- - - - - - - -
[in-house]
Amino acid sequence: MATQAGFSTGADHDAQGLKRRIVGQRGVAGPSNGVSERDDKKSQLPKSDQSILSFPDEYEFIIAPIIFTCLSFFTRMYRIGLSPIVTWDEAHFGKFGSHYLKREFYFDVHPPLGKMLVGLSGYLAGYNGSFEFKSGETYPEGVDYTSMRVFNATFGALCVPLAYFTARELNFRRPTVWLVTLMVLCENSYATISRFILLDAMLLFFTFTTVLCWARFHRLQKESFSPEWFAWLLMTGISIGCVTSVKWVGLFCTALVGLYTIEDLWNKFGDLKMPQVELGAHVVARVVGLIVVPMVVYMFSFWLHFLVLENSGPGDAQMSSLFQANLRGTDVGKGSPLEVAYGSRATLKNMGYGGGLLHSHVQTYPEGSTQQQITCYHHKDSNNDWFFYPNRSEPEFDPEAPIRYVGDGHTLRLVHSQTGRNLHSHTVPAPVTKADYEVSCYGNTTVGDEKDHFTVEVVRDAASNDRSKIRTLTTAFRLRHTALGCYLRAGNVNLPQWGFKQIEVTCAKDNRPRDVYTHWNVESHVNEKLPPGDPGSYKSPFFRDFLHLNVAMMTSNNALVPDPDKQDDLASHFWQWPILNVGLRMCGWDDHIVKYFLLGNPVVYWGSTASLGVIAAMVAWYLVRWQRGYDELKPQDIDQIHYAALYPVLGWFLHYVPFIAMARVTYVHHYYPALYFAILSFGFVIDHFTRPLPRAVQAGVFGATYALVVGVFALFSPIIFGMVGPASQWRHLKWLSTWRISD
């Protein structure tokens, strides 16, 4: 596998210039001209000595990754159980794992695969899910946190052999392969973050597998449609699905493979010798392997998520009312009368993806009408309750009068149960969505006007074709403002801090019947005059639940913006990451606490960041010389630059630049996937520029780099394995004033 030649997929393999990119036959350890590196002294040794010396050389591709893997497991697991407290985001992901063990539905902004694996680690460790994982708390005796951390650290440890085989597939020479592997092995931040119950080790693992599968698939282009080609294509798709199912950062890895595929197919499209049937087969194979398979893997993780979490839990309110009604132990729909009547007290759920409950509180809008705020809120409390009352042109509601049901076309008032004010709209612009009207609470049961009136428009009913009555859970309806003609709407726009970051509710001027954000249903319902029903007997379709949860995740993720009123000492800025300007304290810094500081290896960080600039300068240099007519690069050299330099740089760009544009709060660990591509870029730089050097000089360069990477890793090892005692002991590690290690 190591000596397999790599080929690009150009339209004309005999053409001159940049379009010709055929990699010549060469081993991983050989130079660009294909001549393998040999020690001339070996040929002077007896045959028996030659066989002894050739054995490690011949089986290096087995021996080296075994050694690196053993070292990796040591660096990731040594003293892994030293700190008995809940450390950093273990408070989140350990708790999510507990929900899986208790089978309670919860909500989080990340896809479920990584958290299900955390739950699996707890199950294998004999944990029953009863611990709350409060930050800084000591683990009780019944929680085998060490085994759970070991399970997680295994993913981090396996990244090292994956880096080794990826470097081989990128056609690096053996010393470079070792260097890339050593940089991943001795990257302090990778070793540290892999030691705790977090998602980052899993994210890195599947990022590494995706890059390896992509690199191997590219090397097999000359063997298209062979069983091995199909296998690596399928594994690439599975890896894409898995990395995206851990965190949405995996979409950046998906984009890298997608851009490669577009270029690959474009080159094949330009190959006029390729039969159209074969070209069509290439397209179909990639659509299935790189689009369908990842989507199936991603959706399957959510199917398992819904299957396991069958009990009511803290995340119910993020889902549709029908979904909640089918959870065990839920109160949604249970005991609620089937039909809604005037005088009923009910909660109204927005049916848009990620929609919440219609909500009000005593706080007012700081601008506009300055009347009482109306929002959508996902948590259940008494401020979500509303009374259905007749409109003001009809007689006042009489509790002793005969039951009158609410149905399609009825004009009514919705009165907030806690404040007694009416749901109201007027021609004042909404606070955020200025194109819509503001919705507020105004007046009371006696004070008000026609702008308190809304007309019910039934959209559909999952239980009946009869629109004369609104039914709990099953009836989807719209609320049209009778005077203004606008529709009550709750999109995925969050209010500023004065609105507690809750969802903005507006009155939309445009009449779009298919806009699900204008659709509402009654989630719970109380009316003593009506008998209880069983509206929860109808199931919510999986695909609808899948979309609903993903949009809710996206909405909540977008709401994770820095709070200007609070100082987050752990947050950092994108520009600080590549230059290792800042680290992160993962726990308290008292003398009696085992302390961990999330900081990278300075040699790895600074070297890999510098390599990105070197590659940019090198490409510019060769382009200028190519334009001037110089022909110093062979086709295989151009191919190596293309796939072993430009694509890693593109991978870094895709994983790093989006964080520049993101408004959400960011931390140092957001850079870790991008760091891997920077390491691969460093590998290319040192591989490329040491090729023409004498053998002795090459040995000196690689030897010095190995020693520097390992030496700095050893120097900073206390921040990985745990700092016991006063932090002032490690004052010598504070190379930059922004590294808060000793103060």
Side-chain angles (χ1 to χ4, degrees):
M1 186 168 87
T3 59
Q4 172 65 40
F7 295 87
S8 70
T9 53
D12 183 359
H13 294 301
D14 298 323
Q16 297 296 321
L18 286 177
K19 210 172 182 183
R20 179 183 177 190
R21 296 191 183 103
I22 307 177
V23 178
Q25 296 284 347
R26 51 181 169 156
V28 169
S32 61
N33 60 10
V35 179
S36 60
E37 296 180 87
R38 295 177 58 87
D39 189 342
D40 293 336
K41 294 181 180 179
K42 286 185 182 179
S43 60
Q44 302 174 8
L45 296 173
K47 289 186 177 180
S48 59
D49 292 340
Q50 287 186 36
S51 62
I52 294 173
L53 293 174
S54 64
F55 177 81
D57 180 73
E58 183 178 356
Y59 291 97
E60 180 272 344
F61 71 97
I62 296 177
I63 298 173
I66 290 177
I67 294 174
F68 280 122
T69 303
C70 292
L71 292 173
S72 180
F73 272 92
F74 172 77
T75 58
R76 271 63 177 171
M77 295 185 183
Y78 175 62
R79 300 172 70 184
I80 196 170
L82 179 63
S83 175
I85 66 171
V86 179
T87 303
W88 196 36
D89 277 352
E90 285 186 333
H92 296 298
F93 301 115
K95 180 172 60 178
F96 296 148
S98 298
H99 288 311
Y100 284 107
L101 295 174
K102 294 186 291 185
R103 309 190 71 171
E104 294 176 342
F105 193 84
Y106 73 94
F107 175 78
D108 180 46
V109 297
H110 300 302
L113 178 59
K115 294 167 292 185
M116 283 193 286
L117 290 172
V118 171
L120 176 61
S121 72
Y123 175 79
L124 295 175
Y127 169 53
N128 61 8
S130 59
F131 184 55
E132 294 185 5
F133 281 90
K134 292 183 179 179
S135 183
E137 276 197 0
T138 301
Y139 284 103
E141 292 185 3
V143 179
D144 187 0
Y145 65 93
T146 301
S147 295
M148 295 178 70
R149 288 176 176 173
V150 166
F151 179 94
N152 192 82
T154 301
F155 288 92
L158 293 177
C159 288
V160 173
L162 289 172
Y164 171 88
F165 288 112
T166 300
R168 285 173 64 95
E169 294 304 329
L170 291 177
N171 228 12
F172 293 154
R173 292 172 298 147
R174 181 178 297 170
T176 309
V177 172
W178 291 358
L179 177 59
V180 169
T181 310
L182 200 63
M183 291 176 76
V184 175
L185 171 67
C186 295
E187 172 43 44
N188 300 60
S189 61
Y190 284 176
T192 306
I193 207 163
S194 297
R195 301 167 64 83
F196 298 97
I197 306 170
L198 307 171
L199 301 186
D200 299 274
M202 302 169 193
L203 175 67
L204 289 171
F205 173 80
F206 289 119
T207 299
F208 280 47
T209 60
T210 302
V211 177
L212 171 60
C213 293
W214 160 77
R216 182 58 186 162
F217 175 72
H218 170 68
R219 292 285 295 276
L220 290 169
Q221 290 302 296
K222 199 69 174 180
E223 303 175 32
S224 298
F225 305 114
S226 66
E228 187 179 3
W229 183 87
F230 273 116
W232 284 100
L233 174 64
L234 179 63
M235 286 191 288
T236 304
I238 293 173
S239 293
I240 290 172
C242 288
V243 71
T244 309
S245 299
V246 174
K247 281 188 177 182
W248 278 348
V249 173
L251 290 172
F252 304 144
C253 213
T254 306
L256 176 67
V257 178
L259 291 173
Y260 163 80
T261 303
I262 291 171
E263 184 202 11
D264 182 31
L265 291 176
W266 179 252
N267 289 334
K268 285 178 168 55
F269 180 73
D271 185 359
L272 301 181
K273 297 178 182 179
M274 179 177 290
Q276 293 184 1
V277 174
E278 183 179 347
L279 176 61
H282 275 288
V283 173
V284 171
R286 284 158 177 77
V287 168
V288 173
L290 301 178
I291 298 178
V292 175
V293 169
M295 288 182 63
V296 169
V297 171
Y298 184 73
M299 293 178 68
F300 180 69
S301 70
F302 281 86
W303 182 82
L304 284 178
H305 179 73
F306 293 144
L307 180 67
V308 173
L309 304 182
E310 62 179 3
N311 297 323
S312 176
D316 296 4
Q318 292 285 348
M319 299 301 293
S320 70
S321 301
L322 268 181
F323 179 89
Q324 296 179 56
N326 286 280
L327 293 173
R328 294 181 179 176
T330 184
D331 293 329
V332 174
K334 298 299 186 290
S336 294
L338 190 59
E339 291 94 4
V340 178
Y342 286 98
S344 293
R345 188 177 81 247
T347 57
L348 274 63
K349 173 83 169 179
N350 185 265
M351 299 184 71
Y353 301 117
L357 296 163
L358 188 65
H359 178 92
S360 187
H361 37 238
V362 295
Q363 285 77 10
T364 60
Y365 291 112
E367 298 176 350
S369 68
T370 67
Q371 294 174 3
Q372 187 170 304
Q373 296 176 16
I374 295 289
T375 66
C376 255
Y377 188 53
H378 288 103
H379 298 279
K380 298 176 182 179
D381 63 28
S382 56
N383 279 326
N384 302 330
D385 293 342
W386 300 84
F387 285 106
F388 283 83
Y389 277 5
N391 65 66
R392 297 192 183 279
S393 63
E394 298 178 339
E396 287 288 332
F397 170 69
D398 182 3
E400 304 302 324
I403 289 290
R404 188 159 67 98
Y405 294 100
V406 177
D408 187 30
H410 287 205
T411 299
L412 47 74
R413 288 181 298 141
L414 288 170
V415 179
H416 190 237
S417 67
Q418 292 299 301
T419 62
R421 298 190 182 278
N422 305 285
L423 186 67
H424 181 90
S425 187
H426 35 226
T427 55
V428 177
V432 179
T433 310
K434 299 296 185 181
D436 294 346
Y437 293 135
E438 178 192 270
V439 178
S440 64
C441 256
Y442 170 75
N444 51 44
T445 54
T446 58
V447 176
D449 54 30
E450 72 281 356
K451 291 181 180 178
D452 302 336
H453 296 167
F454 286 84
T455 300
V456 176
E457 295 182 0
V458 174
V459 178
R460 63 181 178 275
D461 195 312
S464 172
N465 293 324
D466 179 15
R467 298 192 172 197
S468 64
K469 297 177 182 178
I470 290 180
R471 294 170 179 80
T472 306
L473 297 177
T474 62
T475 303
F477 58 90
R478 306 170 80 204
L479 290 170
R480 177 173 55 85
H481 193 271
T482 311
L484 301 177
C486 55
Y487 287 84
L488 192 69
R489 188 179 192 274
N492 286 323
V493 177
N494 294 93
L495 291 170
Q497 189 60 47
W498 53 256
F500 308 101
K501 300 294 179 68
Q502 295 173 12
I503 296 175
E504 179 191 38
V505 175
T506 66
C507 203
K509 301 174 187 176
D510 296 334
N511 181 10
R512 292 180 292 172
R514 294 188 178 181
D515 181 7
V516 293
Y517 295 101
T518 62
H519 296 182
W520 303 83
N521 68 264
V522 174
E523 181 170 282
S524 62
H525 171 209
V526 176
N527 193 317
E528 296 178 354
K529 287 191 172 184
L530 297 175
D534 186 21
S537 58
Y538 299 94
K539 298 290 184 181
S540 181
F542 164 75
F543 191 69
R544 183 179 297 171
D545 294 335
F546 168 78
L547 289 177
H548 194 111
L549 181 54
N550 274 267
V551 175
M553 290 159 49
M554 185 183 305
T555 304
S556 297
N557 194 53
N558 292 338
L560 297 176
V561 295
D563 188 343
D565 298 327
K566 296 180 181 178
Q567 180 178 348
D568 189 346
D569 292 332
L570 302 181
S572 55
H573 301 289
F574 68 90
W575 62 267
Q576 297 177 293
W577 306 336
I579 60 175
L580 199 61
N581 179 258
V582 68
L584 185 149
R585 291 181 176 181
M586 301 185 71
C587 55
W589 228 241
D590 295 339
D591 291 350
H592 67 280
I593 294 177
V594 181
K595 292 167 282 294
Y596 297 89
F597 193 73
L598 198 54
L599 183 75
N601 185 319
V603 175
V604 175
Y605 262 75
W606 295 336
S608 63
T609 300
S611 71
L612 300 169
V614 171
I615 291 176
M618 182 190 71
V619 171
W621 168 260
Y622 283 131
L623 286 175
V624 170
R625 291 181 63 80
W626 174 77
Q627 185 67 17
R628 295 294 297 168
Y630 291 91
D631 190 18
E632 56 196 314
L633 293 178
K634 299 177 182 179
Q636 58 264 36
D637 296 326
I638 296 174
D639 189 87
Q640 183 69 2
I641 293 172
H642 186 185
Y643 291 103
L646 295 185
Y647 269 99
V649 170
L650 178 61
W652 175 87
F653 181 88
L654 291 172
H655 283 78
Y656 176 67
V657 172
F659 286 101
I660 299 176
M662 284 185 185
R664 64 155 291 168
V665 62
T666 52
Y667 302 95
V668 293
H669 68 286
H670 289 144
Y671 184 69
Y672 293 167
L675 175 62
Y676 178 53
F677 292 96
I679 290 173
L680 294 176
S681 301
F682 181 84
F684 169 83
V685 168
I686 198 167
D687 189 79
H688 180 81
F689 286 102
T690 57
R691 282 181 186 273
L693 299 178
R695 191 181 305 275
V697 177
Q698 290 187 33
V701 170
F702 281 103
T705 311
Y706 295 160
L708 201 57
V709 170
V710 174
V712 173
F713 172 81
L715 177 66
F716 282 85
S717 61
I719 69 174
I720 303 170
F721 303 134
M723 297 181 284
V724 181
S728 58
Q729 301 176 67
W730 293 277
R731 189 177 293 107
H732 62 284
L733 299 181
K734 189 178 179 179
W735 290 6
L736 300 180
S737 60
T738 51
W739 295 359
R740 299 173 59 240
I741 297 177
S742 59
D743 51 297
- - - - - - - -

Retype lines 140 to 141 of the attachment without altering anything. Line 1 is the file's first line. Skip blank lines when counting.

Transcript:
T176 309
V177 172